Analysis of ancient bones and teeth has found similar DNA in horses that died out at the end of the last ice age in North America and those in Eurasia that were later taken to North America by Europeans.
This was as a result of movement through the Bering Strait Land Bridge, according to the scientists from the University of California.
Alisa Vershinina, a postdoctoral scholar working in Shapiro's Paleogenomics Laboratory at UC Santa Cruz, said: 'Horses persisted in North America for a long time, and they occupied an ecological niche here.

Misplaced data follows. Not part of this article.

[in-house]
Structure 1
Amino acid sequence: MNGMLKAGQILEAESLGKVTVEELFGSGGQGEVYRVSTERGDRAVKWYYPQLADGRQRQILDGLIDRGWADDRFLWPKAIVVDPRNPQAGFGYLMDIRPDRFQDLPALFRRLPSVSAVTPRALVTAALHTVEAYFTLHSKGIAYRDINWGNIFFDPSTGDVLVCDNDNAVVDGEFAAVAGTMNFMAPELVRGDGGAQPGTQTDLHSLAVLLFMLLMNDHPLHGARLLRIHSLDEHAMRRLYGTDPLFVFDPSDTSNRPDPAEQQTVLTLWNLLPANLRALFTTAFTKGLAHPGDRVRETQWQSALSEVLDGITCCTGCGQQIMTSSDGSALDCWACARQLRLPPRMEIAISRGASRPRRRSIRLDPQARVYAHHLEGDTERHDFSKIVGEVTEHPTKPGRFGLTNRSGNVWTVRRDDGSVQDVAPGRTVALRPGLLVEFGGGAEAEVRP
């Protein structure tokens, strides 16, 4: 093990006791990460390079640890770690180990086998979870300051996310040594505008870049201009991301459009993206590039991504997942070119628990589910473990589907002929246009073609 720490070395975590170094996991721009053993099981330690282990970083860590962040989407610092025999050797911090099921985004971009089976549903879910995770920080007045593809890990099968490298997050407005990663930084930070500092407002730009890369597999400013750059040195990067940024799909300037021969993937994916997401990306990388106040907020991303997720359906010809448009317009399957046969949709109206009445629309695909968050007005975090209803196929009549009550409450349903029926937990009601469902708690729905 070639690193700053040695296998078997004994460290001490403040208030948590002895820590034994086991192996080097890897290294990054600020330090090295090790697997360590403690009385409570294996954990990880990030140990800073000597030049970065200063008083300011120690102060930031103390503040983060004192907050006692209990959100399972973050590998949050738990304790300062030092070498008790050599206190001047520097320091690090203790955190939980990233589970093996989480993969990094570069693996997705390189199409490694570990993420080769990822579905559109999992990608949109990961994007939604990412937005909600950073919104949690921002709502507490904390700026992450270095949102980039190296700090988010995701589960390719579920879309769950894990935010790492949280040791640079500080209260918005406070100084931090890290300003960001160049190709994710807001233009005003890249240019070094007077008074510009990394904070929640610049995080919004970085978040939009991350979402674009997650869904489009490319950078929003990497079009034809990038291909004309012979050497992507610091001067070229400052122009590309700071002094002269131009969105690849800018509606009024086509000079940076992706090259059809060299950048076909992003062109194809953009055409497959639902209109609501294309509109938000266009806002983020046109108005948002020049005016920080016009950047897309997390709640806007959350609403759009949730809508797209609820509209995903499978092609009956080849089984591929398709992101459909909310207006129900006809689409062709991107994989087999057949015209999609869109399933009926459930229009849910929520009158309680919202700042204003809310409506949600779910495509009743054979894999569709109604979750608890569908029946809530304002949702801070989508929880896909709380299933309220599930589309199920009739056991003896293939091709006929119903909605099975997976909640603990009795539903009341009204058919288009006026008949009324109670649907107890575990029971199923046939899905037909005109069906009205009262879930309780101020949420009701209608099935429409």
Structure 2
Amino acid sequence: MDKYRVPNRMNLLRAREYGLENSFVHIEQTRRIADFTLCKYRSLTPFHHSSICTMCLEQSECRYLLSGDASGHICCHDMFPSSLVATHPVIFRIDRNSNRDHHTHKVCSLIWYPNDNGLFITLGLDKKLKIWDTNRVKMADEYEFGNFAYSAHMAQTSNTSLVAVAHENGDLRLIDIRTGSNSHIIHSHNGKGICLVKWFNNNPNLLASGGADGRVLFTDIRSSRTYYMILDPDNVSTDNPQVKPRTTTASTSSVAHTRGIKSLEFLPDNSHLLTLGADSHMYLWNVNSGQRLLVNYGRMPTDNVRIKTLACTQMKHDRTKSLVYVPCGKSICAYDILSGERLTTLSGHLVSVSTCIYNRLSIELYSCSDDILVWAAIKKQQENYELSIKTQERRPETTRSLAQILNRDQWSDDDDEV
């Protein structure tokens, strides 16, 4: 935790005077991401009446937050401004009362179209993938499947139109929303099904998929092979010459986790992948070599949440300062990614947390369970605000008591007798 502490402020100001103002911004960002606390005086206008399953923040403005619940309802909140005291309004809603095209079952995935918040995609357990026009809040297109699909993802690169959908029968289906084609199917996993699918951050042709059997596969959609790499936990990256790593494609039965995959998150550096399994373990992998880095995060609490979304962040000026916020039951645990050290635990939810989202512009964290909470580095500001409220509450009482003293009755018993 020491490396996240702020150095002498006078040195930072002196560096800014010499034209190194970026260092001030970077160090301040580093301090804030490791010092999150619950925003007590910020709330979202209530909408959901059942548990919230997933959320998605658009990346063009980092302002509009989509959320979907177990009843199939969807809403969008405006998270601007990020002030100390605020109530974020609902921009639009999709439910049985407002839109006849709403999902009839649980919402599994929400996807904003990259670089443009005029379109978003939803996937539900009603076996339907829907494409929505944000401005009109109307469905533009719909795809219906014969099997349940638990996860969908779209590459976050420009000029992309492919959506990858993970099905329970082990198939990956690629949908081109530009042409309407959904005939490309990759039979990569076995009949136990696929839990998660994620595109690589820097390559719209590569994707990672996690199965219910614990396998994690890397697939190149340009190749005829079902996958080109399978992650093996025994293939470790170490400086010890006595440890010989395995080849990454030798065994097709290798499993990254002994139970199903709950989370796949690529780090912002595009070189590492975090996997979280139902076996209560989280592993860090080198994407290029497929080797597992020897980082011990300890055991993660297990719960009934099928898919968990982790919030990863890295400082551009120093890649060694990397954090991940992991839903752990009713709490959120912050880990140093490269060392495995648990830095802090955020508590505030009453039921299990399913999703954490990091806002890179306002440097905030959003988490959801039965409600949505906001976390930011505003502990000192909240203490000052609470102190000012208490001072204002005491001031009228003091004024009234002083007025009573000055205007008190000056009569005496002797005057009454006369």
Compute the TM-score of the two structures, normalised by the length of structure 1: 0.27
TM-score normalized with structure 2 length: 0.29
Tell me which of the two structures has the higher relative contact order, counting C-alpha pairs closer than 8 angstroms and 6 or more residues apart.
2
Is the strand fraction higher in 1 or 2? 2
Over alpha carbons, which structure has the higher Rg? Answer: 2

'They died out about 11,000 years ago, but that's not much time in evolutionary terms. Present-day wild North American horses could be considered reintroduced, rather than invasive.'
Horses went locally extinct in North America during the last Ice Age and were reintroduced by Hernán Cortés in 1519.
History has suggested that the horse brought across the Atlantic Ocean were invasive animals when released in North American.